Kraft, one of the great global brands, wants its snacks business to be known henceforth as Mondelez International.
Yes, Mondelez. That’s “Mond” from the Latin for world. And “Delez,” which rhymes with disease.
Pronounced “mohn-dah-LEEZ,” the new name is actually supposed to suggest delicious world, but the concoction is unappetizing. The P.R. brigade rushed to explain that the company’s products aren’t going to be rebranded. Mondelez will just be the corporate name, in the background, on the back of the package. In small type. You’ll hardly notice it.
Then why do it at all?
Because Kraft Foods is dividing itself into two separate companies: a global snacking business (including Oreo cookies, Cadbury chocolates, etc.) and a North American grocery division (cheese, coffee, etc.). The Kraft name will stay with the U.S. operations.
Corporate rebranding isn’t a bad idea per se, but it can be tricky, especially when it involves creating new words. When former Kraft corporate parent Phillip Morris split itself into two companies (U.S. and International) the International group retained the Phillip Morris name while the U.S. operations recast itself as Altria, derived from the Latin altus, meaning higher — a nice departure from the weight of tobacco litigation, which is such a downer.
Getting the public to embrace a crazy new name is one thing, but companies that start life with oddball monikers are a different matter. Haagen-Dazs is a good example of something that is memorable because it’s weird. Google is a deliberate misspelling of googol, a huge number with lots of zeros.
Invented words are nothing new – it’s a great way to copyright and “own” a term. Arthur Andersen accounting firm spun out its consulting arm as Accenture — accent on the future, get it? (This turned out to be fortuitous for Andersen, which was soon destroyed by the Enron ethics scandal. You can see why it didn’t want to be associated with the past.)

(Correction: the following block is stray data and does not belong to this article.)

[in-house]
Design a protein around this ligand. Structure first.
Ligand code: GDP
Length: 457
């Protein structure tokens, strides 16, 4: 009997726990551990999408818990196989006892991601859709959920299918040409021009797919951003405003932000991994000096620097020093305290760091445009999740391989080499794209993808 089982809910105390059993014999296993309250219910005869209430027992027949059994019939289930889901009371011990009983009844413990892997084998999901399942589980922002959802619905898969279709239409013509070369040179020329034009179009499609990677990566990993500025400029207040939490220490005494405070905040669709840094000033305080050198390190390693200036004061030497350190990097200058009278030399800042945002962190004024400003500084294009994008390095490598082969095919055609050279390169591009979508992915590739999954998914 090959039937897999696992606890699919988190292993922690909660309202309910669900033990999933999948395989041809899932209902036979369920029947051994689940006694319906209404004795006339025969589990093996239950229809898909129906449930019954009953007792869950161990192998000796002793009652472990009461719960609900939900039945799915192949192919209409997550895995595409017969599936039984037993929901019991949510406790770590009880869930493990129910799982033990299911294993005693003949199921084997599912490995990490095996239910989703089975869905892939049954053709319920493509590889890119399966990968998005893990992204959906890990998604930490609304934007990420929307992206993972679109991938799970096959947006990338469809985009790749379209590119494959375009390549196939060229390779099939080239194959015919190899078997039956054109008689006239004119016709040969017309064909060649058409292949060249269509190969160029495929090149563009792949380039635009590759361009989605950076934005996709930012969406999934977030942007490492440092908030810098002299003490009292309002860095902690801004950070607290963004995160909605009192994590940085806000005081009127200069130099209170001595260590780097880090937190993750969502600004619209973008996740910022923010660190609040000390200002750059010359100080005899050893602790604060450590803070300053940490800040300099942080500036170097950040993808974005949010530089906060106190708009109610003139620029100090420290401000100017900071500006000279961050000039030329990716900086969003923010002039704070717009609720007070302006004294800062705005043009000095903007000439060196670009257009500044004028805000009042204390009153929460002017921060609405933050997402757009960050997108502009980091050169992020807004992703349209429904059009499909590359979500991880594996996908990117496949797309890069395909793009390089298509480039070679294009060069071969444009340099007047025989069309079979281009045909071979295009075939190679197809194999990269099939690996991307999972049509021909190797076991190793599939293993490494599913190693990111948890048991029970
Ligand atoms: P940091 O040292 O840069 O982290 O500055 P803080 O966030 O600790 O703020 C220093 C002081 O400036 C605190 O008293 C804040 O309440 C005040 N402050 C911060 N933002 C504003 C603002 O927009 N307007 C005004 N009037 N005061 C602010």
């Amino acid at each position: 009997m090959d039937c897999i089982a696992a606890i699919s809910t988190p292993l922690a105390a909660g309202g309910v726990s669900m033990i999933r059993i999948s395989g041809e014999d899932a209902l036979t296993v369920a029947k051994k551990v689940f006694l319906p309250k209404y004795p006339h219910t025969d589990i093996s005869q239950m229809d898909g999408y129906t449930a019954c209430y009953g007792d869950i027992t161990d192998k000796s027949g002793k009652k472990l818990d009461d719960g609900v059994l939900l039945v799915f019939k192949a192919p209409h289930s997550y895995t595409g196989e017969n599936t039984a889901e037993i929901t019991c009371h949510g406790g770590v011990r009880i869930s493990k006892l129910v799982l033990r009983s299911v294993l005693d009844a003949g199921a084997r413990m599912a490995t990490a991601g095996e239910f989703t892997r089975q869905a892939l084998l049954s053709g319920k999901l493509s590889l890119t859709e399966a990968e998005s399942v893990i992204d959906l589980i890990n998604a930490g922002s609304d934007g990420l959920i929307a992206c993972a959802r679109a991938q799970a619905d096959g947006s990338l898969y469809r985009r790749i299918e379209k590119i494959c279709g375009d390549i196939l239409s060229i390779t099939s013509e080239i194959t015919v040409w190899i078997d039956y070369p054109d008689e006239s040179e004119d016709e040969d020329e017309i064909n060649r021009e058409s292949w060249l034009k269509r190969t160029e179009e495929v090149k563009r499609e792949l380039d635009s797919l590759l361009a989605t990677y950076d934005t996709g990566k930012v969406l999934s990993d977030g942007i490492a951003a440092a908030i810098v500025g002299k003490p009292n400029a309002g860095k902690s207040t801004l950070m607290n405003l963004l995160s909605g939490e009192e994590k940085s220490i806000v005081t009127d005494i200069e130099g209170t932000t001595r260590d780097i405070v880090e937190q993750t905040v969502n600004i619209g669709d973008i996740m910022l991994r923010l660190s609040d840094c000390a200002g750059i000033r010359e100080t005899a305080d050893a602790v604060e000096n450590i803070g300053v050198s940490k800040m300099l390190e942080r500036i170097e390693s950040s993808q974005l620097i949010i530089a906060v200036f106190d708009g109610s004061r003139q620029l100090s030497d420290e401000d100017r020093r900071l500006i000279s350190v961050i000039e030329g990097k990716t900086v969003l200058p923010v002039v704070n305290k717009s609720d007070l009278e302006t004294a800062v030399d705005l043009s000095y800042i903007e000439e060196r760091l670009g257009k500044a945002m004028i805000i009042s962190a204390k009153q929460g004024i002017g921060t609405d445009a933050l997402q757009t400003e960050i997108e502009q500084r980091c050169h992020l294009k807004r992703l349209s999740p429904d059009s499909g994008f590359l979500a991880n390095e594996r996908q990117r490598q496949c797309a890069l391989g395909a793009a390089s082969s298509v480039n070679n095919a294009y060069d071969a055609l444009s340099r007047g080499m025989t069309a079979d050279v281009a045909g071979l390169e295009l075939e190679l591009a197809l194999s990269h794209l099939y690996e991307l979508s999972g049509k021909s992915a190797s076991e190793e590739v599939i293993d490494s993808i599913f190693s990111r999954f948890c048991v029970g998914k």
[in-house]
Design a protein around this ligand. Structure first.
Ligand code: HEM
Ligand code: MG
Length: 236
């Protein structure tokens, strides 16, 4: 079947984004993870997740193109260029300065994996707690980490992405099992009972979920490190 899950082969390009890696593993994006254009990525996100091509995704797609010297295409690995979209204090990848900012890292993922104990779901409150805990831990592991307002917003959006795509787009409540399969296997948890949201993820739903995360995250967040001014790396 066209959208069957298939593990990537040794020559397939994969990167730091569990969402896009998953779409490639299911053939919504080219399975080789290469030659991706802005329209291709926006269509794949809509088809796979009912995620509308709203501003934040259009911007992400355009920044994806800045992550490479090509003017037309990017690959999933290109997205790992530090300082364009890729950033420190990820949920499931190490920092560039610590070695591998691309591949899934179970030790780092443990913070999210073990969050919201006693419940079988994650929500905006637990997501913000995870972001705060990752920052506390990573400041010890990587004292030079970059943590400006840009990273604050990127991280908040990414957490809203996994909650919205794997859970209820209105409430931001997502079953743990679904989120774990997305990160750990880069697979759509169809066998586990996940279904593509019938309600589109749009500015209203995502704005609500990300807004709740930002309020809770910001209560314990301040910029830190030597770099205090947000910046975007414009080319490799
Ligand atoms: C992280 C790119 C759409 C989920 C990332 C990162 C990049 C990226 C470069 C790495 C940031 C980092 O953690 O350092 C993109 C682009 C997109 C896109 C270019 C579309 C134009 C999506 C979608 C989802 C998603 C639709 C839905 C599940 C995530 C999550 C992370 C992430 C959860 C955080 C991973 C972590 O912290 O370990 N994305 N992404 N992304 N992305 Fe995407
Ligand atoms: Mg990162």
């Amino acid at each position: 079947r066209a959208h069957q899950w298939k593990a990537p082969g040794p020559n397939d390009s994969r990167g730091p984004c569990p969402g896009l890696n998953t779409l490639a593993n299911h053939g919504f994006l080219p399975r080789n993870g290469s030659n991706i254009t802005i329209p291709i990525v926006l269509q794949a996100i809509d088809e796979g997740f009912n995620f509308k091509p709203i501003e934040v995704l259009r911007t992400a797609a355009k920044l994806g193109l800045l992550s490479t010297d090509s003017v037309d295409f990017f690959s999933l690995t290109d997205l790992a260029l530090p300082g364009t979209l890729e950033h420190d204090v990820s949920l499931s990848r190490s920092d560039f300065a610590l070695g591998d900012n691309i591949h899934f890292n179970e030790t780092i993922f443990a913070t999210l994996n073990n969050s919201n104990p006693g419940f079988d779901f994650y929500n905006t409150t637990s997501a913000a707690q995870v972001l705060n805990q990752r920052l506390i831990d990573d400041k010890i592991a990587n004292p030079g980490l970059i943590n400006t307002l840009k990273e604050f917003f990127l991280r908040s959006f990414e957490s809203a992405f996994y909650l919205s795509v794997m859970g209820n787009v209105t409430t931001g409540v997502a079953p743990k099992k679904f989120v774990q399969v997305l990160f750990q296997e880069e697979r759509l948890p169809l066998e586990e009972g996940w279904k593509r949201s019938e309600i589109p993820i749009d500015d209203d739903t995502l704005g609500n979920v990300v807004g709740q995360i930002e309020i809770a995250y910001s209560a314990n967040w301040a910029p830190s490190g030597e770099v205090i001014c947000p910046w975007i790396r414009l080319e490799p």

Write This, Not That
I also run a blog called Write This, Not That over at WritingAdvisor.com. So in the spirit of suggesting alternatives (and not just criticizing) I would say the newly independent, international Kraft might try to hold on to its well respected name. How about KraftWorld, KraftMond, or even the prosaic Kraft International? Or SnackWorld or WorldSnaX or HapiSnax? Or “globalize” one of the better known products like Ritz — Ritz Int’l, that sort of thing. Alternately, if the idea behind Mondelez is “delicious world” then I think the more straightforward DeliciousWorld, or a variant, might work.
Let’s face it: English is the world’s crazy lingua franca, and there’s no reason to bastardize Latin in a way that needs a pronunciation guide.
The decision isn’t final; shareholders will vote on the name change on May 23. And it’s worth noting that the branding “experts” didn’t get everything wrong. Mondelez’s slogan will apparently be “make today delicious.” That’s an excellent tagline – well Krafted, you might say.